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Xenographic's Journal: Captain Copyright Expires 114

Journal by Xenographic

The Canadian superhero Captain Copyright has finally expired, not due to pirates, but because "the current climate around copyright issues will not allow a project like this one to be successful." The cartoon was intended to provide an education in copyright law for children, but it became a focus for criticism when even the Canadian Library Association condemned it for lacking of balance in how it ignored issues like Fair Dealing (Canada's version of Fair Use). Personally, I was hoping we'd see them get sued by DC & Marvel, who claim to own the trademark on the word superhero and vanish in a puff of logic.

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Captain Copyright Expires

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  • So... (Score:5, Funny)

    by LiquidCoooled (634315) on Tuesday February 13, 2007 @06:25PM (#18004332) Homepage Journal
    So, Captain copyright is dead.

    Is it 85 years after death that his copyright expires and we can create our own free version of him?

    Only 84 years 11 months and 3 weeks to go...
    • Re: (Score:1, Funny)

      by Anonymous Coward
      They will bring him back 8 different times...just like superman.
    • I wonder... (Score:2, Funny)

      by Anonymous Coward
      If anyone will make a spoof of him where he gets killed by pirates? :-)
    • Re: (Score:3, Funny)

      by _Sprocket_ (42527)

      Is it 85 years after death that his copyright expires and we can create our own free version of him?


      I probably shouldn't mention this... but Disney is working on a direct-to-DVD presentation of Captain Copyright. The upshot is that you'll never get your chance.
    • Re: (Score:3, Funny)

      by Hoi Polloi (522990)
      Don't worry. I have a bunch of copies of him.
    • by cgenman (325138)
      How many years before we're allowed to link to the old site without permission?

      Wait, they "reserved" that right, yet no such right exists? Brilliant start for an educational program about rights.

      • Re: (Score:3, Insightful)

        by mrchaotica (681592) *

        Brilliant start for an educational program about rights.

        Well there's your first mistake -- it's not "educational," it's brainwashing.

    • by syousef (465911)
      Nah you get around that by creating a similar but different character. My proposals:
      1) Captain Constipation. (Copyright laws do that to me)
      2) Captain DRM...and the 5 year prison sentence.
      3) Capital Punishment (for anything creative)
      4) General 'Your mom owes us $5000 for singing happy birthday to you this year alone'

      Captain Copyright my left nut.
    • by SamSim (630795)

      Is it 85 years after death that his copyright expires and we can create our own free version of him?

      I'm pretty sure the creator of Captain Copyright is still alive, so, no.

      Besides, it's surely just a publicity stunt. Remember that time they killed Superman? He was back within a matter of months.

    • The first mistake they made was calling him "captain". Only heroes get to be called that. Super villains are always called "doctor". In the new version, The diabolical Doctor Copyright locks up ideas as property, stealing them from the public domain so no one but he and his already outrageously rich corporate cronies can use them, and profit from them. Here is a lime the first issue... Fools! All these ideas are now my "intellectual property". If you want to see these pictures, hear these songs or read th
  • mod -1 Pedantic (Score:5, Insightful)

    by tverbeek (457094) * on Tuesday February 13, 2007 @06:28PM (#18004360) Homepage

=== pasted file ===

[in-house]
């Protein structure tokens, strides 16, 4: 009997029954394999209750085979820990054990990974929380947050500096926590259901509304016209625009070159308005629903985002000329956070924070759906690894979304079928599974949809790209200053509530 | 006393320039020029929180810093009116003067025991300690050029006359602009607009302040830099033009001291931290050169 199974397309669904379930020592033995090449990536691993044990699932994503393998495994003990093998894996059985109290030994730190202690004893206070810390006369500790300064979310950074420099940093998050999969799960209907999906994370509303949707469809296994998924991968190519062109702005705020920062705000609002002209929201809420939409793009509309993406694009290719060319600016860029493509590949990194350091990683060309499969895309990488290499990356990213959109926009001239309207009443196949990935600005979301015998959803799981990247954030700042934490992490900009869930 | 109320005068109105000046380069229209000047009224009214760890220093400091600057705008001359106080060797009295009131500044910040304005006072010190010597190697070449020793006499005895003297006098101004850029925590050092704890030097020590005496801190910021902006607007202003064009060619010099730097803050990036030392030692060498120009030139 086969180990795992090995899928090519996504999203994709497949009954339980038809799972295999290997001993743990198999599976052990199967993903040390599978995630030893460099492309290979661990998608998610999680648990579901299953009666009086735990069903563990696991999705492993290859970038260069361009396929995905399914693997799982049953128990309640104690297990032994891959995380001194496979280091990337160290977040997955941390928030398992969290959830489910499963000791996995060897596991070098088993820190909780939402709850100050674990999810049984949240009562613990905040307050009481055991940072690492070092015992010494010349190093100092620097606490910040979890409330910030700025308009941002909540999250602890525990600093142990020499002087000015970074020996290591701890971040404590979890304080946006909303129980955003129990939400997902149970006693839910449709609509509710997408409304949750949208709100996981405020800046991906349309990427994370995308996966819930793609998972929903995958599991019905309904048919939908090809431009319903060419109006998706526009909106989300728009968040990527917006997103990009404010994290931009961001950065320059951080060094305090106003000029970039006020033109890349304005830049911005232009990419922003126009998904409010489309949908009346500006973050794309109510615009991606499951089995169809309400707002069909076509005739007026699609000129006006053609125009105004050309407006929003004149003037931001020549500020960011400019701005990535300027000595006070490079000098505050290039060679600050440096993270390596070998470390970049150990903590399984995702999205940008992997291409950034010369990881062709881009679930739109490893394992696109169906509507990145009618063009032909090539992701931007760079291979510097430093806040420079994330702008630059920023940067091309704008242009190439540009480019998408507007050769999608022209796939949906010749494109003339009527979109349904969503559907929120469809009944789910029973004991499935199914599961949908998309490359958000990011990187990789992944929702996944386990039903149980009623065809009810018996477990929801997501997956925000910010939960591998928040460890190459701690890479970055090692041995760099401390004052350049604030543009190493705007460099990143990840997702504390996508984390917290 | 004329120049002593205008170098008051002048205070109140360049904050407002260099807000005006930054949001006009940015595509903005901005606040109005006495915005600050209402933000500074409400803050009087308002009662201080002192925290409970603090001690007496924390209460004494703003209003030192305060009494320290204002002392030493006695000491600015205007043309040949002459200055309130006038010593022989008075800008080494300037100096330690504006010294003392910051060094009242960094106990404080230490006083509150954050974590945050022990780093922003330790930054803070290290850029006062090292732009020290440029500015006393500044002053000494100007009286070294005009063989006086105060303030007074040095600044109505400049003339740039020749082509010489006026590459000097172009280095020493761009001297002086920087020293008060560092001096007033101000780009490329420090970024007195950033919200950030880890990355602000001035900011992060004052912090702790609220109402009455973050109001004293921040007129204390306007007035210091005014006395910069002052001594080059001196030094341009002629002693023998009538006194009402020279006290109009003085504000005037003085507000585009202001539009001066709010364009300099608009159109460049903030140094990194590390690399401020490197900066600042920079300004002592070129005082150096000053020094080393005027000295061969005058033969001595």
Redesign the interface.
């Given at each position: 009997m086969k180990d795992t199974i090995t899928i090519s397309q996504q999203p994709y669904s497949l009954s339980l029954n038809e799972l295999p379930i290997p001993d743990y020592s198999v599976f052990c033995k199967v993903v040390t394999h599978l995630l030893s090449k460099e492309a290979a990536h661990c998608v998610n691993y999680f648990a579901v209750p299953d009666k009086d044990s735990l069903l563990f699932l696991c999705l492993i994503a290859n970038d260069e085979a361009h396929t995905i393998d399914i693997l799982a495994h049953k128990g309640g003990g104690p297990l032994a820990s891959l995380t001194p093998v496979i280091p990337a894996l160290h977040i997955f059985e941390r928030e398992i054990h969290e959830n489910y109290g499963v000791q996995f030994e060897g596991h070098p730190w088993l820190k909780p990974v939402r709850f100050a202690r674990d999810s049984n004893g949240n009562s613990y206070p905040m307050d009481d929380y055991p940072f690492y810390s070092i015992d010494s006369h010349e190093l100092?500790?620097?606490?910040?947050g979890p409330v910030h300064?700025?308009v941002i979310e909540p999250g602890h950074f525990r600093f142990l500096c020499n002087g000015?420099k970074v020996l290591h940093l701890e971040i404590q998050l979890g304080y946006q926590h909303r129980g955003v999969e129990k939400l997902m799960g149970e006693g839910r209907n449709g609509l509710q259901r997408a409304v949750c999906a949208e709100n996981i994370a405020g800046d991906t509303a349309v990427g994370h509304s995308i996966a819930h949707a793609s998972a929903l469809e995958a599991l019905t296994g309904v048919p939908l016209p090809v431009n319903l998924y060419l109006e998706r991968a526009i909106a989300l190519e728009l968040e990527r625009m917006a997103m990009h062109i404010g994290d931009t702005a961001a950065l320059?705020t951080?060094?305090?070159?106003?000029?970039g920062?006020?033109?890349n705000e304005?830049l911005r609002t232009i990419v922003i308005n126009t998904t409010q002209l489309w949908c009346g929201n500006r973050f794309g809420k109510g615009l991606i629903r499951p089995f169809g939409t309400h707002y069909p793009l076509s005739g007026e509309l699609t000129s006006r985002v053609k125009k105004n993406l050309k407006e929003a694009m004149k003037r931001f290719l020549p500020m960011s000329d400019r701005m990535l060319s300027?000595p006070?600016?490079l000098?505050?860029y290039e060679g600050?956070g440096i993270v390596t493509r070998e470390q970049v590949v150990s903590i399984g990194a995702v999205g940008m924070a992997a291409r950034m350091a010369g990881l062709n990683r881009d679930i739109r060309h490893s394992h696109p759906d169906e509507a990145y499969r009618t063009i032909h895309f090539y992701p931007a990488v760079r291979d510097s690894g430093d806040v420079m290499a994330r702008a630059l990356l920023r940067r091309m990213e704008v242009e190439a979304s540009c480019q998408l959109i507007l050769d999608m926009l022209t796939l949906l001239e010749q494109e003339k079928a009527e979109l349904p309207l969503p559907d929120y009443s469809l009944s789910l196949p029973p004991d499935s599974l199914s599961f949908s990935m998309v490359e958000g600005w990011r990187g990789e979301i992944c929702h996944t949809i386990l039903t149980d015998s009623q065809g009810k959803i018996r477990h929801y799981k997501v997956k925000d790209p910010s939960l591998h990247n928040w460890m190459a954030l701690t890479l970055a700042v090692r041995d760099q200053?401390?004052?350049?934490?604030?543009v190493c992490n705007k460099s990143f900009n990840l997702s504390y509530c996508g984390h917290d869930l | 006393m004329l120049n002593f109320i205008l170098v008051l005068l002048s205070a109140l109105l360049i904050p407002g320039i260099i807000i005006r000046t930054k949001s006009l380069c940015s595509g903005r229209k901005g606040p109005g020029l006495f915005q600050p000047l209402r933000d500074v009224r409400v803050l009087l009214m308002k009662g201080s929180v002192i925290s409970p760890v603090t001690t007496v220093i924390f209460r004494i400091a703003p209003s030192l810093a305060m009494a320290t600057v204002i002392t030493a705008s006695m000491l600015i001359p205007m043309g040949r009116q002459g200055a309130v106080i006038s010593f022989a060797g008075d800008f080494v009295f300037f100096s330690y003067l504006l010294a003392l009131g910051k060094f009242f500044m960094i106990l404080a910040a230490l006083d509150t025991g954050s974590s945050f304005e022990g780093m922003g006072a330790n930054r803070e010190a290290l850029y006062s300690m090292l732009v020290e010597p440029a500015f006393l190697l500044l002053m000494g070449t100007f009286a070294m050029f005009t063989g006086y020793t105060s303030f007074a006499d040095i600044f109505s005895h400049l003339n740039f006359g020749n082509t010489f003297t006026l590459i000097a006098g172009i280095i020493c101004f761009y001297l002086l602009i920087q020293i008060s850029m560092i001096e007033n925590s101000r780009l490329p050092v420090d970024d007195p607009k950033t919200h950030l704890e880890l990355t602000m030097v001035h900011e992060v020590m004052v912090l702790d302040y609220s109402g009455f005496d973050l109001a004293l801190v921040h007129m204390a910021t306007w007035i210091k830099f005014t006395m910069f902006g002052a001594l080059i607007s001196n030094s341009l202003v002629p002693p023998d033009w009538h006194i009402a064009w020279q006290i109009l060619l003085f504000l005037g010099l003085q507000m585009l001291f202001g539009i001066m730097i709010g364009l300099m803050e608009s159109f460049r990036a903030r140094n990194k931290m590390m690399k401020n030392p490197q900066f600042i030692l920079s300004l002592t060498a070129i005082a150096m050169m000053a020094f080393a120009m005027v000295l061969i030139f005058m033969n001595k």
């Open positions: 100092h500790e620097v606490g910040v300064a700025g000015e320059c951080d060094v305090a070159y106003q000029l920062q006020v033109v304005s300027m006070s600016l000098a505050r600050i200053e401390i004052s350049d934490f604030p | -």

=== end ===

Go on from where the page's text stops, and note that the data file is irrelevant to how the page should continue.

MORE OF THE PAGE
Personally, I was hoping we'd see them get sued by DC & Marvel, who claim to own the trademark on the word "superhero", and vanish in a puff of logic.
    Given the facts that A) copyrights and trademarks rights are different things, and B) the word "superhero" doesn't appear anywhere in the name "Captain Copyright", I don't think there'd be much chance of that.
    • Didn't any of you motherfuckers read the title of the parent post? It says to mod it -1 Pedantic, yet you stupid fucking cunts all modded it +1 Insightful. CAN'T YOU EVEN READ??!!? What kind of smegging nerds are you miscreants, anyway?
  • by CrazyJim1 (809850) on Tuesday February 13, 2007 @06:30PM (#18004398) Journal
    It said they were training kids at grade 1. LOL. What are they going to brain wash them with? "Remember kids, even your parents can't be trusted. If you suspect your mom or dad to be illegally using music or software, call 911 and report them."
    • by purpledinoz (573045) on Tuesday February 13, 2007 @06:37PM (#18004484)
      Anyone ever see that children's educational music video, "Don't Copy That Floppy", where this rapper does this whole rap about software piracy? That video is hilarious. It's on YouTube: http://www.youtube.com/watch?v=afuc8TmU2Rg [youtube.com].
      • by binarybum (468664) on Tuesday February 13, 2007 @07:07PM (#18004860) Homepage
        holy crap - there's more FUD in that video than a whole generation of parents warning about hairy palms.

                I wonder if to this day those programmers are dropping casual references to their appearance in a "rap video" in attempt to get laid. I probably would.
        • by Firehed (942385) on Tuesday February 13, 2007 @07:28PM (#18005146) Homepage
          Holy crap... I'd take the world's hairiest palms in order to not have to sit through that whole video. By three minutes in, I was almost ready to pour my scalding beverage all over myself to make it end (thankfully, I remembered that back button).

          Although come to think of it, if all that it takes to absolve myself of any potential guilt about software piracy is mastu... 3) Profit!
        • by xero314 (722674)

          there's more FUD in that video than a whole generation of parents warning about hairy palms.
          Ok as funny as the video is I'm curious what FUD is in it.
          • by tomhudson (43916)

            "Ok as funny as the video is I'm curious what FUD is in it."

            In this day and age ... copying a floppy ???